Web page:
KING: Yeah, that's right. And President Trump really wants to know who it is. He's calling on news organizations to identify this person. But in the meantime, there's been a development. The whistleblower has offered to answer questions from House Republicans in writing. The whistleblower's lawyer, Mark Zaid, told this to NPR's Bobby Allyn.
GREENE: And Bobby is in the studio with us this morning. Hey, Bobby.
BOBBY ALLYN, BYLINE: Hey.
GREENE: OK. So you've talked to this lawyer for the whistleblower. What exactly is he offering here?
ALLYN: Yeah. So this guy, as you mentioned, Mark Zaid - and he represents the whistleblower - told me yesterday that the whistleblower has agreed to answer questions from Republicans. Now, it was sort of sudden. It caught some people by surprise. But if you've been following carefully, you know that this isn't the first time the offer has been extended.
So written testimony from the whistleblower was on the table once before. But what's different this time is that the questions and answers wouldn't involve Democrats, who of course control the committees who are leading the investigation. So this is a direct channel of communication now open to Republicans. And this lawyer says the whistleblower will answer questions under oath - so under penalty of perjury - just as long as the individual's identity is not in danger of being revealed.
GREENE: So it seems like this is an offer that kind of responds to some of the Republican criticism, which has been that Democrats have been controlling a lot of the process. Are Republicans interested in what the whistleblower's lawyer is offering here?
ALLYN: So the offer has been sent to Representative Devin Nunes. And he's the ranking Republican member of the House Intelligence Committee. We haven't yet heard his response. But House Minority Leader Kevin McCarthy suggested on CBS's "Face The Nation" yesterday that written testimony might not satisfy Republicans.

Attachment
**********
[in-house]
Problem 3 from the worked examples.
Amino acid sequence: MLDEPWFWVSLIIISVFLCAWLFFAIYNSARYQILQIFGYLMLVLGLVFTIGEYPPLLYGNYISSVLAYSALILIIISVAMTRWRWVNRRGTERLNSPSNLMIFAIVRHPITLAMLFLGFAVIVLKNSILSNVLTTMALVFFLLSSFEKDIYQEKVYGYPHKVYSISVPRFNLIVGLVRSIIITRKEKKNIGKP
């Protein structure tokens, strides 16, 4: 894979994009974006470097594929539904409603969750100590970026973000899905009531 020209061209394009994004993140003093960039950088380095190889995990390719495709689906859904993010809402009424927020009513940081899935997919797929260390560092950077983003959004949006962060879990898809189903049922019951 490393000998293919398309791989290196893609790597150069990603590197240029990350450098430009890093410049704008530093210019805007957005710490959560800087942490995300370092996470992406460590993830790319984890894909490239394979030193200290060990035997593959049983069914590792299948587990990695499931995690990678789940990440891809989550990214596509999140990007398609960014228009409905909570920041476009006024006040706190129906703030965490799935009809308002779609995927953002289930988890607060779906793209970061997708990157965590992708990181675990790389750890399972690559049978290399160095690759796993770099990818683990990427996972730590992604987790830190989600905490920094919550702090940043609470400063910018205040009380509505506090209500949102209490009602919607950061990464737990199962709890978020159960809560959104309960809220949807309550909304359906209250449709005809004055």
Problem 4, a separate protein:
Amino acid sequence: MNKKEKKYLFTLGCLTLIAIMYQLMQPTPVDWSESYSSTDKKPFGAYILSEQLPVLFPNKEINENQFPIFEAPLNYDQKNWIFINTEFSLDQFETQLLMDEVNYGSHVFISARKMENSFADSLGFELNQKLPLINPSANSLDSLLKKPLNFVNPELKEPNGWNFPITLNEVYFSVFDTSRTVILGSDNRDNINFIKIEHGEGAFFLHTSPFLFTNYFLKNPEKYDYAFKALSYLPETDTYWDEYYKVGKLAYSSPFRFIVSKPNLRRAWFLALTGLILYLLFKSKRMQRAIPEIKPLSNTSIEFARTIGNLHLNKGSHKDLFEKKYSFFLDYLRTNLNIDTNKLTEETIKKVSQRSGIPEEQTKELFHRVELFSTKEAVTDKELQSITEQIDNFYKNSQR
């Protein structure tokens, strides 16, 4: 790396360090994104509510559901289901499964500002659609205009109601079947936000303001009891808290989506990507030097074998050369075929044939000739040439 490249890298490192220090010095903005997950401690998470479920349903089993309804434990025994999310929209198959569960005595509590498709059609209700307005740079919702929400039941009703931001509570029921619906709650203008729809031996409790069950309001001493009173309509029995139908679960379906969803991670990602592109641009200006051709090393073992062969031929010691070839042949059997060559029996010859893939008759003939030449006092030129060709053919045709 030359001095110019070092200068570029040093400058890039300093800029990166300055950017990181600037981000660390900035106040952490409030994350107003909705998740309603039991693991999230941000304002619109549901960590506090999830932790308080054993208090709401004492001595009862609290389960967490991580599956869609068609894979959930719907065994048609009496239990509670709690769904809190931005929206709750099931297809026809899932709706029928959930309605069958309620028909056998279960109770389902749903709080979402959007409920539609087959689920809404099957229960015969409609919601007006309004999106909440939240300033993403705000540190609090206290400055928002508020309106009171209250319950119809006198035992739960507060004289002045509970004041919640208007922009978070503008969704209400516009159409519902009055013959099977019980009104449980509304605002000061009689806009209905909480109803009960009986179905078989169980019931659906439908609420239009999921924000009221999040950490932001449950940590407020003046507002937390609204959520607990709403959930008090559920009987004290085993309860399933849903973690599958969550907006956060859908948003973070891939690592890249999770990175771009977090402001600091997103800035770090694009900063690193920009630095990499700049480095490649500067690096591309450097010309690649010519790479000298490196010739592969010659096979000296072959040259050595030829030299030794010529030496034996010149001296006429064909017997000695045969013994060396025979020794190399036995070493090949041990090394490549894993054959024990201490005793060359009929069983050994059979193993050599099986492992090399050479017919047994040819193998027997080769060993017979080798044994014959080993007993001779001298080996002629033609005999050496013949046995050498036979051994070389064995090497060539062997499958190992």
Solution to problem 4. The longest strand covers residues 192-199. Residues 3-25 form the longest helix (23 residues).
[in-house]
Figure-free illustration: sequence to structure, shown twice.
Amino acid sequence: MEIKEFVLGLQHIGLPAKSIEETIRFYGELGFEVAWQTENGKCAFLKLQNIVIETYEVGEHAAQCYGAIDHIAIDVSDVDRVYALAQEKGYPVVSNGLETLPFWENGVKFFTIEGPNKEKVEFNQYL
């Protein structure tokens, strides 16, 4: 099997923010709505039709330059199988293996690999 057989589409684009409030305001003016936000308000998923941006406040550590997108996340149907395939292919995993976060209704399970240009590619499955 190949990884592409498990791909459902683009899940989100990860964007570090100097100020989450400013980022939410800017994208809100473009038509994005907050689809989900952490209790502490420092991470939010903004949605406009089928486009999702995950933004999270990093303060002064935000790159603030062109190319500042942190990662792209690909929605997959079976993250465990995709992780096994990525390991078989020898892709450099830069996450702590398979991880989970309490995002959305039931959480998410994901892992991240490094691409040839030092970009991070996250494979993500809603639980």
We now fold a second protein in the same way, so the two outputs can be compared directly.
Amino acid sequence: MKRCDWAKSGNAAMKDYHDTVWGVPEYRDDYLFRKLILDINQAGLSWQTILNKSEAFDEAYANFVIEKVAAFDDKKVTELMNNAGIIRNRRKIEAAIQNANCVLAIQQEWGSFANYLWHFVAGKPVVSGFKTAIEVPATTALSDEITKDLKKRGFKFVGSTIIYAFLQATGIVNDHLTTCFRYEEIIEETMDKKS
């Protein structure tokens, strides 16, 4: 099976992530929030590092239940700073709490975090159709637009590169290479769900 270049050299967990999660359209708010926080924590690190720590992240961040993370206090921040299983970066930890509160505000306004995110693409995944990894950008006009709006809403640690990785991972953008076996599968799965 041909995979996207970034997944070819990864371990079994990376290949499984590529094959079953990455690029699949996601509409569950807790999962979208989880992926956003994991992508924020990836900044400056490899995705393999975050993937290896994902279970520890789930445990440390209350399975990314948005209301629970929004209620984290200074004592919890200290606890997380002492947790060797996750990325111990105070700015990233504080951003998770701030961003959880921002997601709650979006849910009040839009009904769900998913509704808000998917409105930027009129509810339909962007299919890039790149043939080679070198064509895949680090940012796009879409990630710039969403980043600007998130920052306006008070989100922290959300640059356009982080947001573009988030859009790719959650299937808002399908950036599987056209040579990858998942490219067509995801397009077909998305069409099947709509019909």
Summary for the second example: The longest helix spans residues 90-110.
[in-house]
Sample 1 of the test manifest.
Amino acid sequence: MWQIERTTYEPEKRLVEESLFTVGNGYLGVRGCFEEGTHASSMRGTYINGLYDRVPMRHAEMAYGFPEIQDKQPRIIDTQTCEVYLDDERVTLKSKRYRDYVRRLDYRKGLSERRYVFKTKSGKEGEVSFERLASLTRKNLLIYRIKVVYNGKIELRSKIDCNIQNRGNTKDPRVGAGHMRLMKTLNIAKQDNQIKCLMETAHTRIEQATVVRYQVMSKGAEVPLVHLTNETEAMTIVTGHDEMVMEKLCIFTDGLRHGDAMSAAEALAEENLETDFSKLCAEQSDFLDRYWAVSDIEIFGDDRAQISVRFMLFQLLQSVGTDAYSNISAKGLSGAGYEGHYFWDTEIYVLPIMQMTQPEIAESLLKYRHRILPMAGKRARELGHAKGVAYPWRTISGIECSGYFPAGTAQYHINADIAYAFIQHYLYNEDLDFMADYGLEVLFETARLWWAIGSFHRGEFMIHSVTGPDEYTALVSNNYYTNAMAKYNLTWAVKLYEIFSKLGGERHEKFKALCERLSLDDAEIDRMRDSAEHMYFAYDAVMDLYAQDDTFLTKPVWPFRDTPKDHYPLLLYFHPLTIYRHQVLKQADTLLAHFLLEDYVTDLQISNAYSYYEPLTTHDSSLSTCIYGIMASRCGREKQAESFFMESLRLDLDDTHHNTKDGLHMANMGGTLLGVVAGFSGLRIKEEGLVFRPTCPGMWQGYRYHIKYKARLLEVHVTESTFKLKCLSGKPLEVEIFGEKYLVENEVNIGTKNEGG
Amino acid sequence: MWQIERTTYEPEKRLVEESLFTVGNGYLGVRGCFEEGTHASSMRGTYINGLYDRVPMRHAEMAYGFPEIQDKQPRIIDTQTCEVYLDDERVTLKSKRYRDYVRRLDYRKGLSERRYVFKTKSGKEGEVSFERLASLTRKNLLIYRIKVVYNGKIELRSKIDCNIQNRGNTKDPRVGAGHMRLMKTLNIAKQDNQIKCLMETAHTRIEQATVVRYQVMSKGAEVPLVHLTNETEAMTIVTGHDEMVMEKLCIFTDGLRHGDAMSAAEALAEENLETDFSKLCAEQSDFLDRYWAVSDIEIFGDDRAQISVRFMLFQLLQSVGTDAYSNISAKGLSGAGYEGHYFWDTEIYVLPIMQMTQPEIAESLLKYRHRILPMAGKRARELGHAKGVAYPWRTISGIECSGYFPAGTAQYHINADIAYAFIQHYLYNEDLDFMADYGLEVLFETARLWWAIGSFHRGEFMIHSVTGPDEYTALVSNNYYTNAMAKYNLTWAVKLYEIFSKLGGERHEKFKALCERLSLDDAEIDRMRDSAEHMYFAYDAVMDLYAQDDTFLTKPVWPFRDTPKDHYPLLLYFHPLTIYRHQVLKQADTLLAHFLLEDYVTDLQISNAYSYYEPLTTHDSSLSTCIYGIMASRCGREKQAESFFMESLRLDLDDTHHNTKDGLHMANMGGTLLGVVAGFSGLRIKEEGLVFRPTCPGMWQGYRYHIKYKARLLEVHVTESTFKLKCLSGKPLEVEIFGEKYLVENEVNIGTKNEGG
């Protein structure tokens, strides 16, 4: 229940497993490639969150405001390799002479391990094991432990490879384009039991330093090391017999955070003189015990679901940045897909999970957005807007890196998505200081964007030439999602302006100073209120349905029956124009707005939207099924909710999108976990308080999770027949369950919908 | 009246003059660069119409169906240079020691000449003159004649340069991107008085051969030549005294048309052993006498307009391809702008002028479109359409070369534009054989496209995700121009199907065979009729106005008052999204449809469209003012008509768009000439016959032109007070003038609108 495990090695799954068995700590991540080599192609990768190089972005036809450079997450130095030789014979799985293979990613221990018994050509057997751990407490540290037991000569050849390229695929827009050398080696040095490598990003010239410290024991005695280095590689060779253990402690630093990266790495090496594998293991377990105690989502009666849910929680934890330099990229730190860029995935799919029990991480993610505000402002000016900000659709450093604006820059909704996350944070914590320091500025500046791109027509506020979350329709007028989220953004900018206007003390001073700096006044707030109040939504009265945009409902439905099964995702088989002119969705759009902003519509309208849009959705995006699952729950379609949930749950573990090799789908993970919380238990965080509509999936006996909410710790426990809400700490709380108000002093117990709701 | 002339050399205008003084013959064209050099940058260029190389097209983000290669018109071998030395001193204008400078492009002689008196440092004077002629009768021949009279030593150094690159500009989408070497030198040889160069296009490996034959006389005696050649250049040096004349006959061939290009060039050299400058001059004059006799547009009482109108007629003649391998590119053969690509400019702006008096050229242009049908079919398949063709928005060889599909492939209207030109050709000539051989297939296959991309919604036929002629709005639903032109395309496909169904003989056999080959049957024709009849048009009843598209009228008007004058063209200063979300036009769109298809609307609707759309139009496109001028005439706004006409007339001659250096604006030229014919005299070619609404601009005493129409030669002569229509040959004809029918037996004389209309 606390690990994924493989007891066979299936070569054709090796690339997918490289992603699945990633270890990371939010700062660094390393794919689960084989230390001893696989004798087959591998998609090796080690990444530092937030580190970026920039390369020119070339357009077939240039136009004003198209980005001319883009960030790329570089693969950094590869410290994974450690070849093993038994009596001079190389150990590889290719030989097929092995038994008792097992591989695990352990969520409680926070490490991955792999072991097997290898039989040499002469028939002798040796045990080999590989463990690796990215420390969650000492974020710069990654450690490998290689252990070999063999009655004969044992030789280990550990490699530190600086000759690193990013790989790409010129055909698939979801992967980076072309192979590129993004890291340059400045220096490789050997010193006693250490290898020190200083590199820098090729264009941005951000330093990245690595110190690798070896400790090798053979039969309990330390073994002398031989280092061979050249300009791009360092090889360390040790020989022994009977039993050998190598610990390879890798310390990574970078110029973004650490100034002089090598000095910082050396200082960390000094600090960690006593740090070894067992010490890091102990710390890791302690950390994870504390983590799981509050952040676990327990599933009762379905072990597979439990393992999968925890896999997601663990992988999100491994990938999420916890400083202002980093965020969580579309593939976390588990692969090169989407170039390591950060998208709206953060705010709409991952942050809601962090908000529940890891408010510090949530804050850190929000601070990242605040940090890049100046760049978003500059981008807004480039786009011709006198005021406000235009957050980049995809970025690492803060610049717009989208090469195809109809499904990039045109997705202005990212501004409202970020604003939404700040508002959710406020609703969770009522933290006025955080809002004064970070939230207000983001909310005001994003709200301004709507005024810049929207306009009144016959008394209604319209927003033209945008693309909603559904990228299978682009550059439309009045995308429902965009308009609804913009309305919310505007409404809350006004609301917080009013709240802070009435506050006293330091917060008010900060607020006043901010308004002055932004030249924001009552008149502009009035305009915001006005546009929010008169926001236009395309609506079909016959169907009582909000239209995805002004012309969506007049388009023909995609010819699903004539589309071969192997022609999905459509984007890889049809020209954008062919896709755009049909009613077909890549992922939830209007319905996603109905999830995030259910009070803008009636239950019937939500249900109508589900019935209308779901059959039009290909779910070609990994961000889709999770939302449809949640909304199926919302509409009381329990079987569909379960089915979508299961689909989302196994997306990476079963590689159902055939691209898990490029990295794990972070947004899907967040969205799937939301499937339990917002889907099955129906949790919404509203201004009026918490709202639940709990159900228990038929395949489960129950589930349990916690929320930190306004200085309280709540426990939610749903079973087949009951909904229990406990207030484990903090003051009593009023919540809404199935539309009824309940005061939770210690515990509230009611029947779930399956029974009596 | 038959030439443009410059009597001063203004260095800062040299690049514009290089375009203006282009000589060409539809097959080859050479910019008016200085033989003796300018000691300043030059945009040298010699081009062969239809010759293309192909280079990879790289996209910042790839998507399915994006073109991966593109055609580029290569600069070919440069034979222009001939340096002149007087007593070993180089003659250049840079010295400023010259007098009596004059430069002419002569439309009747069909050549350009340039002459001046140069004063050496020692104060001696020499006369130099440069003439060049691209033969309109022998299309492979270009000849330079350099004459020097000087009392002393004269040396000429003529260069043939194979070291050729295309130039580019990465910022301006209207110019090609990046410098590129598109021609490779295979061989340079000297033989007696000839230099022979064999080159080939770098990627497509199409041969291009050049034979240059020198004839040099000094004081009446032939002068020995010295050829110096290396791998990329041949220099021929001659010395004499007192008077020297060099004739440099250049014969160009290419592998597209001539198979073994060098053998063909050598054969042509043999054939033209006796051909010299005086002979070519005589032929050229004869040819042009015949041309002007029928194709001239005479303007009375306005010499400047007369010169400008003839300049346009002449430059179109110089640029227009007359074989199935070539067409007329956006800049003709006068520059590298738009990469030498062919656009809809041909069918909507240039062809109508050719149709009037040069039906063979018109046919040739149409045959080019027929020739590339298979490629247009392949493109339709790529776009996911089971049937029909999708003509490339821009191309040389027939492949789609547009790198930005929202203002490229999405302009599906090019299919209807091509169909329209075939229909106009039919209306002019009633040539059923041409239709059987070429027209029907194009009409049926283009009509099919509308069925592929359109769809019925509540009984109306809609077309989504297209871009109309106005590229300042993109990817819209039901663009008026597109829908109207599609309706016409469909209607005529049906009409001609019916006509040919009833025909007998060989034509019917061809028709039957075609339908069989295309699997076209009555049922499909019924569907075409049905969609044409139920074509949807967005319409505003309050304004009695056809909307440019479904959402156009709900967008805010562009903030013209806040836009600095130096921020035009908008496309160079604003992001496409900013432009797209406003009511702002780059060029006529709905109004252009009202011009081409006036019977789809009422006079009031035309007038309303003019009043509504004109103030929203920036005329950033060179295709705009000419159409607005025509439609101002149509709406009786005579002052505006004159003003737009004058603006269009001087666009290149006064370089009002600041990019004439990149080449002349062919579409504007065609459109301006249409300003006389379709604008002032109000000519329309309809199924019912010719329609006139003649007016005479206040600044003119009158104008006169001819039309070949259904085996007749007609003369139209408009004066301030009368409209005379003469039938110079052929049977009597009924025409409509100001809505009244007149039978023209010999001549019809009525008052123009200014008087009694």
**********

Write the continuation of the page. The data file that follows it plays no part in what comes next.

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KEVIN MCCARTHY: When you're talking about the removal of the president of the United States, undoing democracy, undoing what the American public had voted for, I think that individual should come before the committee. He could come down to the basement, but he needs to answer the questions.
ALLYN: And this is a good place to note that House Intelligence Committee Chairman Adam Schiff has said the investigators might not need to hear from the whistleblower, actually, since they now have a partial transcript that the White House released of the call, and they've heard from witnesses who were directly on the call in question.
GREENE: So, Bobby, in addition to Republicans wanting to hear from this whistleblower, you have the president telling reporters that the whistleblower's identity should be revealed. The president's been tweeting about this. But, I mean, isn't the whistleblower's identity protected by federal law? And if that is the case, why is there all this speculation about whether the person should be revealed?
ALLYN: So there has been a lot of speculation about the whistleblower's identity. And you'll find this a lot in conservative media, which has been trying really hard in recent weeks to out this whistleblower and has even identified a particular individual as being the whistleblower - without any direct evidence, of course. And the whistleblower's lawyers look at this. And they have not confirmed the reports. They haven't denied the reports. What we do know is that this person is from the intelligence community, that the person is reported to be a current member of the CIA. Everything else about this individual is unknown.
But Trump is trying to change that. And so the president yesterday even encouraged members of the media to try to expose the whistleblower. And Trump went so far as to say, if someone identifies this whistleblower, it would be a public service. And that's, you know, Trump's exact words.
So I called up this Yale law professor, Harold Koh. And he was the State Department's top lawyer. He was the legal adviser of the State Department during the Obama administration. And this is how he described the president encouraging people to try to unmask the whistleblower.